My personal space/touch issues didn’t go away just because I was on holiday. I still had issues about being touched, I still had problems sharing a bed with a snore-machine (although surprisingly he wasn’t all that bad!) and I still had those moments where I just wanted to be home. But they weren’t all the time and they only got harder to manage the closer our flight home got, so this is a good lesson to learn from. Remember that these issues are still apparent, even in a romantic setting, and that I still need to manage them, no matter where I am.

I got home sick. Or puppy-sick is probably more exact, every day I said, “I miss the dogs”, and I really did. When you aren’t having human children, your fur-babies are all you have, and they are as important to me as I would imagine your human babies are to you (and you can scoff all you like, but it’s true.) I face-timed my mum three times while she was with the dogs so I could see them, she was only here three days, and my brother doesn’t have a smartphone, otherwise, I would have seen them every day because I loved seeing their little faces. I missed them so much my heart hurt – seriously, it did. Mr T? He missed them, but he was glad of the break from them too haha!


Going Again?


Yes.

In spite of the nervous flying problem, which I have found is all based on control and trust. I don’t like the fact that I’m not flying the plane – although how ridiculous would it be if I was flying the plane?! And I’m having to put my trust into the pilot, whom I have never met, nor seen, which is a huge thing to do really, I have to trust that the pilot can handle any kind of situation coming our way. And when you have the major trust issues that I have, that is a huge ask! But on the way home I kept reminding myself that all I was worried about was this, and not the turbulence, or dying, or crashing, it was asking myself to trust this pilot-man and give him control over my life that was causing me the stress. It genuinely really helped and I was much more relaxed on the way home.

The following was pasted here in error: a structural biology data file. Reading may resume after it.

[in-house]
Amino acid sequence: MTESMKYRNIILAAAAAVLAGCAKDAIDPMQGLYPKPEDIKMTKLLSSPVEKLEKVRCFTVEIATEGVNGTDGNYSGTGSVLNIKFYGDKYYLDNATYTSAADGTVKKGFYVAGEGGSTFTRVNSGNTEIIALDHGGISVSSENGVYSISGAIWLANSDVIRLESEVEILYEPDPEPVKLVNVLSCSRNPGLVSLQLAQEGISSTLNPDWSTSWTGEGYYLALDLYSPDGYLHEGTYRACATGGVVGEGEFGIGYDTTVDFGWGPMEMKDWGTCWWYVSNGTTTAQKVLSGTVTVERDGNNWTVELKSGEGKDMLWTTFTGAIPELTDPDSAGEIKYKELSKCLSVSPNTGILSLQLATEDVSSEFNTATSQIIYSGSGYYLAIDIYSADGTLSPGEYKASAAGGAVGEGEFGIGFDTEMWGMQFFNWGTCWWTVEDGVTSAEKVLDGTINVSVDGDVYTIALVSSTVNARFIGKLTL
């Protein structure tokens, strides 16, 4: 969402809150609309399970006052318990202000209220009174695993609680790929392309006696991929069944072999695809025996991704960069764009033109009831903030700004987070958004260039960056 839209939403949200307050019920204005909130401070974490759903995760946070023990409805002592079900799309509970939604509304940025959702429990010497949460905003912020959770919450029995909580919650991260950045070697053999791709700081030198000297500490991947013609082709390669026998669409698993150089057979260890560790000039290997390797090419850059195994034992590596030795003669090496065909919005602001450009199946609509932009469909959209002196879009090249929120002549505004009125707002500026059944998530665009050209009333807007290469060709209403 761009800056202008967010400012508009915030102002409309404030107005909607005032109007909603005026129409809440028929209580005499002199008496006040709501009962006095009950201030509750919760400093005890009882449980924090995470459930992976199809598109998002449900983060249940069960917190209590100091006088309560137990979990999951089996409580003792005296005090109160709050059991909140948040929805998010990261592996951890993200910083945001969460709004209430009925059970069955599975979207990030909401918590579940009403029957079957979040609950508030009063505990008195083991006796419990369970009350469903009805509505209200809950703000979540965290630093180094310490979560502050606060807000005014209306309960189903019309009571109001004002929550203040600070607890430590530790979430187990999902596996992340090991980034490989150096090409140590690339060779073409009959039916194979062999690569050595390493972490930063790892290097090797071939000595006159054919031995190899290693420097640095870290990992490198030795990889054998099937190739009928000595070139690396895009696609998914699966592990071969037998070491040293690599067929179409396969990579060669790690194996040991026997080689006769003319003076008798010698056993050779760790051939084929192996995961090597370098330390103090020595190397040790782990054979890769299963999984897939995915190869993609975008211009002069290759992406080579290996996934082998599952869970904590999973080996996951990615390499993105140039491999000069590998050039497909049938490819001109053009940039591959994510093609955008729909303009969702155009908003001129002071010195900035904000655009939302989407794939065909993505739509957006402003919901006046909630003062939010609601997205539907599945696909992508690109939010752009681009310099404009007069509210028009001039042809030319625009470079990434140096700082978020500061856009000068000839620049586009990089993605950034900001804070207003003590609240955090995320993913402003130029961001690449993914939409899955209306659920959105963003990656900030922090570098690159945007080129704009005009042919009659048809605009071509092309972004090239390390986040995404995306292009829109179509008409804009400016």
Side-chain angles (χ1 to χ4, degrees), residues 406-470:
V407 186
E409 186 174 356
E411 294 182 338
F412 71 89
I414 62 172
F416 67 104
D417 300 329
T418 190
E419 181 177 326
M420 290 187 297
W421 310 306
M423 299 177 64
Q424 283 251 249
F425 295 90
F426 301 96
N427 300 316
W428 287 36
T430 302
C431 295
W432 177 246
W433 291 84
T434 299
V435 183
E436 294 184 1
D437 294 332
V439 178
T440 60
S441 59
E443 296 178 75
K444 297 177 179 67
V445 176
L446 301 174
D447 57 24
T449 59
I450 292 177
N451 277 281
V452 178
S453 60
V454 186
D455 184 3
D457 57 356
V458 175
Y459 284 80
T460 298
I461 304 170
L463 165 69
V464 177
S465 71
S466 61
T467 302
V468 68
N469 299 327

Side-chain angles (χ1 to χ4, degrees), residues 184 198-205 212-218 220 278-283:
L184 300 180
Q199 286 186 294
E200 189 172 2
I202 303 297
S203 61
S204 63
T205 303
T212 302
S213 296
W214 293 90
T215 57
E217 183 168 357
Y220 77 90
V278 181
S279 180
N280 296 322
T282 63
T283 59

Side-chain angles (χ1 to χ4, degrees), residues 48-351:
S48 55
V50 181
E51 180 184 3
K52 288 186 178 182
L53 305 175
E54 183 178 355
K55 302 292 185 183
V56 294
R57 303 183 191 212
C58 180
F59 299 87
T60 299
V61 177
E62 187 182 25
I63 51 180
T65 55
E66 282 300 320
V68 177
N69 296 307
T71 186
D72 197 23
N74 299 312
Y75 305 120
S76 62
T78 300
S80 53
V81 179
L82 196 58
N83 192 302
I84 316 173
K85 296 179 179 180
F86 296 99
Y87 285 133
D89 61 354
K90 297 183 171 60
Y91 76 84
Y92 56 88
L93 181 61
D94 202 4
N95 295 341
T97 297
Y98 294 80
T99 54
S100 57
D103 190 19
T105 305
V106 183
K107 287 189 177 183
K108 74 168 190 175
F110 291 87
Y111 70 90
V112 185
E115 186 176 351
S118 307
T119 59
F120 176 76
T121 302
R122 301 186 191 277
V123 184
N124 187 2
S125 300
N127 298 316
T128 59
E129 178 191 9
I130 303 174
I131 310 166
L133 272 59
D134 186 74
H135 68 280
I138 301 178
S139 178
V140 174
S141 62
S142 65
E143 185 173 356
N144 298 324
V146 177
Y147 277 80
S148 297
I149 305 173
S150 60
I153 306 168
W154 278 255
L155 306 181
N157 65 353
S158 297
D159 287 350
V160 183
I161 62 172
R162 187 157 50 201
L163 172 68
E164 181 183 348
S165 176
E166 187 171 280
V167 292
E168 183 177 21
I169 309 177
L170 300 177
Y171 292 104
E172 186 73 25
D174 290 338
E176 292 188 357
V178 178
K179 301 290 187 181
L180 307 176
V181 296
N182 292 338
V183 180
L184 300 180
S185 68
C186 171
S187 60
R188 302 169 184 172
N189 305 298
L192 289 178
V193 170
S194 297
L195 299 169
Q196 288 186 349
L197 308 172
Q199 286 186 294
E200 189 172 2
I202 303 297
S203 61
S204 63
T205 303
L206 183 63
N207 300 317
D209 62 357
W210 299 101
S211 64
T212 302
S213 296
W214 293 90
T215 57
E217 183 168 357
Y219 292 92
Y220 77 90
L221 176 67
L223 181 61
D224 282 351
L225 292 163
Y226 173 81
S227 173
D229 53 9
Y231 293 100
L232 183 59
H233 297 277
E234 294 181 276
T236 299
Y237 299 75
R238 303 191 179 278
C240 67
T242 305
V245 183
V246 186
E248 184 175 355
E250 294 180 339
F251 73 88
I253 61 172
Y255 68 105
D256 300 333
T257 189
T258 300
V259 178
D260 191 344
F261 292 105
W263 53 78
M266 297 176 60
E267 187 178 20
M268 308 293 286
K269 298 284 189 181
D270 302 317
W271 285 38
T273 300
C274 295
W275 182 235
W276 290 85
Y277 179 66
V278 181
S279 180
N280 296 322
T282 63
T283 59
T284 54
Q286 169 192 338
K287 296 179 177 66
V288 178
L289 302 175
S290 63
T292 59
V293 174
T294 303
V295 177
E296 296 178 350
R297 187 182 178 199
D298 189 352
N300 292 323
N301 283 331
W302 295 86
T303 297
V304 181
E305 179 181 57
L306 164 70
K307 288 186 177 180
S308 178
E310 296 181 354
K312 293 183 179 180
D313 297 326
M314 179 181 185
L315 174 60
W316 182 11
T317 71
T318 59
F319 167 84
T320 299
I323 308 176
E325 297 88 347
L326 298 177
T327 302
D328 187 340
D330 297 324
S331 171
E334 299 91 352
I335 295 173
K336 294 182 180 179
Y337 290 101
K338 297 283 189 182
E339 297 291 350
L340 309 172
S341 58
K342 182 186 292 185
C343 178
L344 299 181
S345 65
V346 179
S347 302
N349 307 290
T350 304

Even facing all the anxieties and missing the puppy’s so much, we will be going again. We will be going to this hotel again, I am now comfortable here and it’s a good start to build my confidence in travelling, working on my anxieties around new people and taking some time for myself and Mr T to play games and reconnect away from the bills, work and puppy-poo.


So that was my holiday, and I am very much looking forward to going again! (a surprise to you and me both!)

Until next time my beauts, remember keep fighting!

3 thoughts on “Holidays & Anxiety

  1. I’ve been reading your posts for a while and totally relate. I’ve had anxiety my whole life and since I had the kids it has been a million times worse. I’m a terrible traveller. Last year we went to New York and I spent the entire time worrying about the flight home and ‘what if I get ill while I’m away’… I couldn’t wait to get home, even though I enjoyed it in retrospect.

    The one thing which I have learned through my years of therapy is you must do the things that scare you. Imagine it like riding a rollercoaster over and over again, by the 20th time it’s not scary any more. Things lose their scariness pretty quickly. The feeling of accomplishment is worth much more than that feeling of ‘I avoided something today again because it scares me’. Aim to do something every day which scares you, then at the end of the day congratulate yourself on it. I do it, I say ‘I went to Tesco on my own today and didn’t have a panic attack at the checkout – I’m amazing’. It sounds weird, but it’s a lot better than beating yourself up over every tiny perceived failure. Try it for a week!

    Xxx

    1. Awe thanks for reading 😊

      Travelling is stressful at any time, and I think with anxiety it’s just added pressure. But I’m with you, I was stressed during the week and kind of stopped myself doing stuff, but I did really enjoy it.

      That’s really good advice! I literally don’t do any shopping at all from fear of anxiety attacks, I wait in the car and Mr T goes in to Tesco. I do need to work on the little things, I’m going to try that this week! 👍🏻 xxx